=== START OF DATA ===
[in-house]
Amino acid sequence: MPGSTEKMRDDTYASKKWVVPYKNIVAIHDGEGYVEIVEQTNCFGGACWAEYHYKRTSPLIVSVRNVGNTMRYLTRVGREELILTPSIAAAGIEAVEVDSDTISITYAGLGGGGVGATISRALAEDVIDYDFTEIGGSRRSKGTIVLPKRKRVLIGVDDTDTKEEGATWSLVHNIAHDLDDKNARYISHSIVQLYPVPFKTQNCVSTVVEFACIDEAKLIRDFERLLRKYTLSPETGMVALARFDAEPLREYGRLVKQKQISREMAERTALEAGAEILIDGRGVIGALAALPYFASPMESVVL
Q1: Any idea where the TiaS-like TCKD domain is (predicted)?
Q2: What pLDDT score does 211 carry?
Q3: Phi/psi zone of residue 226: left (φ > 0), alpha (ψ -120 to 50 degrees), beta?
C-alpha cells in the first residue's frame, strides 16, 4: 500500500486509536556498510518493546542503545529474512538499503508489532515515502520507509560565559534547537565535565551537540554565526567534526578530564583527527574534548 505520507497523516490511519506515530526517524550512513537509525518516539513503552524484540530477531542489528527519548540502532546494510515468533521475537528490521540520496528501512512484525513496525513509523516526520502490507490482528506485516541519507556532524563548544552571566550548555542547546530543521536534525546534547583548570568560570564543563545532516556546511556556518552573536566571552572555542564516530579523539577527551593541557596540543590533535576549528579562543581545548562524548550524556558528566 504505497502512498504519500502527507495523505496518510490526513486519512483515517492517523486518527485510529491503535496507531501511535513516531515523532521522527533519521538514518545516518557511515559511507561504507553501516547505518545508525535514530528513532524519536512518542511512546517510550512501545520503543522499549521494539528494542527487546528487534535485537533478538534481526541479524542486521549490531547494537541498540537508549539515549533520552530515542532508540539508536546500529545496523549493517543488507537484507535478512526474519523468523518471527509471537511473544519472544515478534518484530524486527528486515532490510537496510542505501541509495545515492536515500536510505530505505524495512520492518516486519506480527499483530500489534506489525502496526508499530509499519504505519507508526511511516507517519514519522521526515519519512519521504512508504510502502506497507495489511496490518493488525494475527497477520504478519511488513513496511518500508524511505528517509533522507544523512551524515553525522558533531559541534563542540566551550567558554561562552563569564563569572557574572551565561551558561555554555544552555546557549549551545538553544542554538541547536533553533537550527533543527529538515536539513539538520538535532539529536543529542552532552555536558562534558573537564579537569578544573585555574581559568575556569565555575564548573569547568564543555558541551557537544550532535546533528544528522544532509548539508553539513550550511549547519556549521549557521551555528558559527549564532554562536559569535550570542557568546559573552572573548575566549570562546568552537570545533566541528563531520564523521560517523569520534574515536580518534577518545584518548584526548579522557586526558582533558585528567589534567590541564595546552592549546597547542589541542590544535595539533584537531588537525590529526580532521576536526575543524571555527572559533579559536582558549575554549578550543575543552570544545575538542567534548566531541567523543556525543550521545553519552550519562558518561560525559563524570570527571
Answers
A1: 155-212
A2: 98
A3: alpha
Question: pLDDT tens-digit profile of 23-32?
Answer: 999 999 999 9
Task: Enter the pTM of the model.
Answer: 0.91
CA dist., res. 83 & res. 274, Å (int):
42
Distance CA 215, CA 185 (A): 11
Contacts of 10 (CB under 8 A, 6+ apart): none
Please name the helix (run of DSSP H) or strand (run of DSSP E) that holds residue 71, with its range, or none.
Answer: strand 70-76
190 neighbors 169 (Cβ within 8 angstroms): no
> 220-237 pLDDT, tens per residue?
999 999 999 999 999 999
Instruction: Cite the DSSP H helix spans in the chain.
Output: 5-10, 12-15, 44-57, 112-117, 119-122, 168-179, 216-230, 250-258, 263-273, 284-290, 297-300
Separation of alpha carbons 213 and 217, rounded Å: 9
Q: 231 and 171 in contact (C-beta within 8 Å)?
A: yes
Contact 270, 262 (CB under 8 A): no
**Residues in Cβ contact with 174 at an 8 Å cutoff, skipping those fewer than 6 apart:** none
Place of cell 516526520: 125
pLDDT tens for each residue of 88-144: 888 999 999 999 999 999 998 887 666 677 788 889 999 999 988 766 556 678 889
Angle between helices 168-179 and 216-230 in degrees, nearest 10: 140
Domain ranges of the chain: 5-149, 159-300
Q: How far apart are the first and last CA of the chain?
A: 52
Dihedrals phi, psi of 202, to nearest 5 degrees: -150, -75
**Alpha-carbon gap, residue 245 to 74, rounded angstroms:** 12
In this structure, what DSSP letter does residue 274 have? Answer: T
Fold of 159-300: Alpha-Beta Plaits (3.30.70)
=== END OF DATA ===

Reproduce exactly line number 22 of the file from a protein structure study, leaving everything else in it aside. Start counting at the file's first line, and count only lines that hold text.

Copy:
> 220-237 pLDDT, tens per residue?